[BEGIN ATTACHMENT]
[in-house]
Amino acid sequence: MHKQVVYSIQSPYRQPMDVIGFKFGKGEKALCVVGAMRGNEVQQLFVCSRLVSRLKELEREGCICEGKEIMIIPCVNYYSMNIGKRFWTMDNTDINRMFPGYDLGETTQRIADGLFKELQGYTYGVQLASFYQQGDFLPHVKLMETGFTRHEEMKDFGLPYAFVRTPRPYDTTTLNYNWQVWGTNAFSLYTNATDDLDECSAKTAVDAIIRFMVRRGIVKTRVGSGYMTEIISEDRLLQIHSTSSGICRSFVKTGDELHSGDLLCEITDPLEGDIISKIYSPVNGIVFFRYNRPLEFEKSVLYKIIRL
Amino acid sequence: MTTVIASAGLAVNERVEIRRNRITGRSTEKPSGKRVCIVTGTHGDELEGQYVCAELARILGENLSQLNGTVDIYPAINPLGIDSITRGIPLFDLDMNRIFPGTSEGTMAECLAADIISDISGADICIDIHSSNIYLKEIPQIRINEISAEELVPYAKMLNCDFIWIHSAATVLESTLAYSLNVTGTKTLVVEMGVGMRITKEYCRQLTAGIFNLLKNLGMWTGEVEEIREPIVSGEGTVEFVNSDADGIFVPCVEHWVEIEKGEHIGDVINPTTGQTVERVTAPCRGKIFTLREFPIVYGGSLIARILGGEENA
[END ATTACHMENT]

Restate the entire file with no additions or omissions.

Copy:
[in-house]
Amino acid sequence: MHKQVVYSIQSPYRQPMDVIGFKFGKGEKALCVVGAMRGNEVQQLFVCSRLVSRLKELEREGCICEGKEIMIIPCVNYYSMNIGKRFWTMDNTDINRMFPGYDLGETTQRIADGLFKELQGYTYGVQLASFYQQGDFLPHVKLMETGFTRHEEMKDFGLPYAFVRTPRPYDTTTLNYNWQVWGTNAFSLYTNATDDLDECSAKTAVDAIIRFMVRRGIVKTRVGSGYMTEIISEDRLLQIHSTSSGICRSFVKTGDELHSGDLLCEITDPLEGDIISKIYSPVNGIVFFRYNRPLEFEKSVLYKIIRL
Amino acid sequence: MTTVIASAGLAVNERVEIRRNRITGRSTEKPSGKRVCIVTGTHGDELEGQYVCAELARILGENLSQLNGTVDIYPAINPLGIDSITRGIPLFDLDMNRIFPGTSEGTMAECLAADIISDISGADICIDIHSSNIYLKEIPQIRINEISAEELVPYAKMLNCDFIWIHSAATVLESTLAYSLNVTGTKTLVVEMGVGMRITKEYCRQLTAGIFNLLKNLGMWTGEVEEIREPIVSGEGTVEFVNSDADGIFVPCVEHWVEIEKGEHIGDVINPTTGQTVERVTAPCRGKIFTLREFPIVYGGSLIARILGGEENA